A Women’s Literature course exposed me to books such as A Vindication of the Rights of Woman (1792) by Mary WollstonecraftThe Bluest Eye by Toni Morrison, and Kate Chopin’s The Awakening Class discussions opened my eyes to the sad truth: despite the sufferagist movement, the women’s movement in the ’60’s and ’70’s. and all the rest, women’s rights had made very little actual progress.


new art series guerilla girls feminist art

“In the mid-1980s, an anonymous collective called the Guerrilla Girls began creative activism demanding equal representation for women and nonwhite artists in major museums, plastering the city with eye-catching posters attacking persistent sexism and racism in the art world. Today, the Guerrilla Girls—known for wearing gorilla masks—continue using humor, facts, and flamboyant visuals to expose gender and ethnic bias, while emphasizing feminism’s necessity in 21st century art and society.”   (Smithsonian, The Advantages of Being a Woman Artist by Guerilla Girls)   

Consciousness – Raising

In one of my art education classes, we read and dicussed Linda Nochlin’s provocative famous essay, Why Have There Been No Great Women Artists?  You may think the answer is obvious, but I’m just going to say that there are two important points here. The first is that throughout most of the history of human civilization, women were not given the opportunity, permission, or luxury to become accomplished artists. The second is that, despite everything being so heavily stacked against them, some of them actually did. We just didn’t know it because they weren’t included in the history books.

When I began to realize how many women artists there actually were, and how much of that history was hidden or ignored, I was astounded. The video above barely skims the surface!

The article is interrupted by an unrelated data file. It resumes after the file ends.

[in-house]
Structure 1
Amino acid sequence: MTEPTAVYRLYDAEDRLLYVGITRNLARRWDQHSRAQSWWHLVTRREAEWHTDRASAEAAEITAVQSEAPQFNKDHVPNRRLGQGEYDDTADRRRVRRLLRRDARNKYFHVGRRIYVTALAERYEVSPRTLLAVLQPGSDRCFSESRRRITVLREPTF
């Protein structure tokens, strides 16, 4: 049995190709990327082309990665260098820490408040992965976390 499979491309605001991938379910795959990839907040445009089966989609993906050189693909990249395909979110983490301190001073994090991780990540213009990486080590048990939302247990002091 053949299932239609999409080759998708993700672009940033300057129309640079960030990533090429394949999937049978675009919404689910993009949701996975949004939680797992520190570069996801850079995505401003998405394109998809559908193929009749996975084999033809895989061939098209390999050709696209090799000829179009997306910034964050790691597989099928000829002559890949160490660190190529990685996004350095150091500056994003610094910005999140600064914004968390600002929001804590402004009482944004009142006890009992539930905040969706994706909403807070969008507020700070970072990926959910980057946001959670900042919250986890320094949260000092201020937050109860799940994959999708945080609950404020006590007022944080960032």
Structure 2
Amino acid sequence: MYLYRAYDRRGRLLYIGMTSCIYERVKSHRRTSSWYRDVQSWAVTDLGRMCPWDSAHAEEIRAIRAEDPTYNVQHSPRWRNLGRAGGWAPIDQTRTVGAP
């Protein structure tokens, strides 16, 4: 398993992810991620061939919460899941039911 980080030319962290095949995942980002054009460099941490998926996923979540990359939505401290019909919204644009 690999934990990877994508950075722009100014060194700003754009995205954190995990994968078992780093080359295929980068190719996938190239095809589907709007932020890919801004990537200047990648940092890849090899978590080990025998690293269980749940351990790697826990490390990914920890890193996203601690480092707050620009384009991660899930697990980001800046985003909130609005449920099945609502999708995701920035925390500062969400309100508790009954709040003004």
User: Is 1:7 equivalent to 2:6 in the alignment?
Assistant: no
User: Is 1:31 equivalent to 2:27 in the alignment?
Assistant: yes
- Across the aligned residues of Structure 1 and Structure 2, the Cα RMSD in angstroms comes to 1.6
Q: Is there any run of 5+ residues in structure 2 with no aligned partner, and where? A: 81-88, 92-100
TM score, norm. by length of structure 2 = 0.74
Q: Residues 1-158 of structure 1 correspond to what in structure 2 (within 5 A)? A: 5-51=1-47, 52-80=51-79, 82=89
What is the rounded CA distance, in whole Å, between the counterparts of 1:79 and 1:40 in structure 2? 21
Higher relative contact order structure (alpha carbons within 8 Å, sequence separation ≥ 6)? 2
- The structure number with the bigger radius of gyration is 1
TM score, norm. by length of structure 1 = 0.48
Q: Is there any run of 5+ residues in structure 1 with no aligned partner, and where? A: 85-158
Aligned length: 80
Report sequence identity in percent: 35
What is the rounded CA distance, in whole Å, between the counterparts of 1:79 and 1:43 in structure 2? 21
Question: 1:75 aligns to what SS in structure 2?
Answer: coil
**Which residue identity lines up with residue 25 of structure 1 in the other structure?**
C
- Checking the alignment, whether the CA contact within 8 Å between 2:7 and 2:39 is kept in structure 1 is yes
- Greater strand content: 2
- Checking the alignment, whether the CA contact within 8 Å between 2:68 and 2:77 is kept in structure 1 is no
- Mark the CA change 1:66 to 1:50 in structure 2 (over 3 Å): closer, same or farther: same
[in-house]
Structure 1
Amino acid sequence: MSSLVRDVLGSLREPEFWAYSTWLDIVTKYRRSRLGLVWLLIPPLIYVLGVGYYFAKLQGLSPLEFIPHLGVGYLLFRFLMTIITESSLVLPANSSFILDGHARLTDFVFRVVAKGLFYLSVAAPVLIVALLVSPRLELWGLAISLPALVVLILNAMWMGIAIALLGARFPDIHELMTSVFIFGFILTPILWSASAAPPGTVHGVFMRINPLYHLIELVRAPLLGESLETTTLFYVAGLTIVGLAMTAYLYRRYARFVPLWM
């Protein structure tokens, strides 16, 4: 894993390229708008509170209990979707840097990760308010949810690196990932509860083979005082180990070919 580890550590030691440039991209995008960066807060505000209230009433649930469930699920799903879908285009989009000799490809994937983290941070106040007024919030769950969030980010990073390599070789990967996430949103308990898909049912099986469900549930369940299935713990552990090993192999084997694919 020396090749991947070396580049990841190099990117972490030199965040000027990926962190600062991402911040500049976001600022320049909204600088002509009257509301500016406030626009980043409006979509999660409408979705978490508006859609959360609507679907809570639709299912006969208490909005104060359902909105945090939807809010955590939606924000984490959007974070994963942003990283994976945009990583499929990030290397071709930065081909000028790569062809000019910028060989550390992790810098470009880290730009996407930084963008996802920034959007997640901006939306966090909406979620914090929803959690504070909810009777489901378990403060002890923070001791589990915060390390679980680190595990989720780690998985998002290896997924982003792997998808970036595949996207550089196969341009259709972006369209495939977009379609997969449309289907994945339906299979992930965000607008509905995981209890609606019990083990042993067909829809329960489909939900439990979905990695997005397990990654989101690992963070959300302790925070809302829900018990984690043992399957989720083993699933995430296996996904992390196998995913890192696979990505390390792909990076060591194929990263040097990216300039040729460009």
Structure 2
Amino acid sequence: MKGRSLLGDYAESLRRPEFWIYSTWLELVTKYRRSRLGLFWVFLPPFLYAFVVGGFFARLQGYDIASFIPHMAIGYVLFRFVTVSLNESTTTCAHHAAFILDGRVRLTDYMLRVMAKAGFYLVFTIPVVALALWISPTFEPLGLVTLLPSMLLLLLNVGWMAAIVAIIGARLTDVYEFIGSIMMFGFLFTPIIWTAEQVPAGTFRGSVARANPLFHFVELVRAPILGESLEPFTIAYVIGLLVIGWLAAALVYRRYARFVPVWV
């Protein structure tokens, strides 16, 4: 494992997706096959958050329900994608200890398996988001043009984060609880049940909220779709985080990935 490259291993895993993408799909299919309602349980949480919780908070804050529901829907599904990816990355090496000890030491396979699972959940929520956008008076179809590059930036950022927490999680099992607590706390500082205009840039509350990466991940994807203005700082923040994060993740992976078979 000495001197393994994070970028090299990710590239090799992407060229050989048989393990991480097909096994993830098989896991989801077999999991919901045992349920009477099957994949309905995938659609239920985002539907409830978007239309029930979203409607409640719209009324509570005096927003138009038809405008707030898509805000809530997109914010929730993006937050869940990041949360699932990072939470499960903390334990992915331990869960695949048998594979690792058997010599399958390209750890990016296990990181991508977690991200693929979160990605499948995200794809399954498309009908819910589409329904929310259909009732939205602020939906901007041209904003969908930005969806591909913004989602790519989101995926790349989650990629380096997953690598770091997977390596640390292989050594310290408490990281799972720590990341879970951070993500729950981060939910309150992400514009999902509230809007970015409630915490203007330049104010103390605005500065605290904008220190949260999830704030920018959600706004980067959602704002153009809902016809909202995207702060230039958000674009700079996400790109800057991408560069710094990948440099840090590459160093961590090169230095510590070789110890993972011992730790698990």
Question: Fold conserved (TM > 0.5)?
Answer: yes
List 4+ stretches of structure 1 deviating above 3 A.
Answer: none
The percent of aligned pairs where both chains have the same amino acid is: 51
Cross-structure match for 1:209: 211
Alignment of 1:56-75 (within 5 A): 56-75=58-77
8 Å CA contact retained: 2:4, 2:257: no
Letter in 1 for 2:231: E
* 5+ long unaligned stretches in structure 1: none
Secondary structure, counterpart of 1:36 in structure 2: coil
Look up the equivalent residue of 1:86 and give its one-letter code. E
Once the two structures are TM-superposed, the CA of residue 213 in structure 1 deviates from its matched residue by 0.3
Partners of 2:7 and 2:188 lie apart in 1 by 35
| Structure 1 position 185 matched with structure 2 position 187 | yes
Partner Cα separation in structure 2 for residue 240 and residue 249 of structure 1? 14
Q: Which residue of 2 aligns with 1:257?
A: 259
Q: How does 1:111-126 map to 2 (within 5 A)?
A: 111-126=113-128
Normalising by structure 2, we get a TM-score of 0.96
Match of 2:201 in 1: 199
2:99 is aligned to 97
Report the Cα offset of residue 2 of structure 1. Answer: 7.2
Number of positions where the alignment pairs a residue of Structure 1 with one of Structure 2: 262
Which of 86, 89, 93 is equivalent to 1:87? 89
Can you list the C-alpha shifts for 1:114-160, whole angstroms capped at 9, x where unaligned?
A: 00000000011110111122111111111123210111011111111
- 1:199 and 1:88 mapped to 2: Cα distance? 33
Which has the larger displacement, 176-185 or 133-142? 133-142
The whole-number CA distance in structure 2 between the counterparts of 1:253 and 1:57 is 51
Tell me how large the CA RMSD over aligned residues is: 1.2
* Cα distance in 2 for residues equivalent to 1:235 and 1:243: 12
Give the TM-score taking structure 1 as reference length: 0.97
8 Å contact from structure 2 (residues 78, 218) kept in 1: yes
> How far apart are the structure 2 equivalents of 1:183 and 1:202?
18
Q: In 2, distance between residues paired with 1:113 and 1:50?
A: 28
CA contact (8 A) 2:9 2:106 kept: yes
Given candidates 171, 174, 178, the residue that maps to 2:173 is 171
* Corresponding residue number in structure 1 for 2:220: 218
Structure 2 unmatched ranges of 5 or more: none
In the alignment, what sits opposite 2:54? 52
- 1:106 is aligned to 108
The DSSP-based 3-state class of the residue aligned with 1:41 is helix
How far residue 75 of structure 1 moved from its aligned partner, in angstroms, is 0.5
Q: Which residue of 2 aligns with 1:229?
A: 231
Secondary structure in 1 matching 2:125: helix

new art series judy chicago quote

New Art Series

In light of the recent media attention around women’s rights issues, I was once again forced to confront the fact that we haven’t come nearly as far as I might have hoped. How was it possible that women still made only 82 cents on the dollar compared to men? 
I first addressed my “look how far we haven’t come” dismay in this post about social protest art. Over the past few years, I have begun making a small amount of what you might call  “activist art”. This isn’t only because  I consciously decided that’s what I should do. Art-making tends to be the way I work through things, and these were the things I was thinking about.
A friend noticed this trend in my work, and suggested I might do a series around these ideas. Well, I’ve made a lot more of them now, so a series it is! The working title is Ordinary Goddesses, but we’ll see where it goes. Stick around, there are more on the way!
creative block once we were goddesses collage sharmon davidson

Once We Were Goddesses, mixed media collage on vintage book cover, 17 x 12.5 in

I think of this one as kind of my “flagship piece” for the series

new art series ordinary goddess 3 collage sharmon davidson

Ordinary Goddess 3, hand cut collage, 11 x 9 in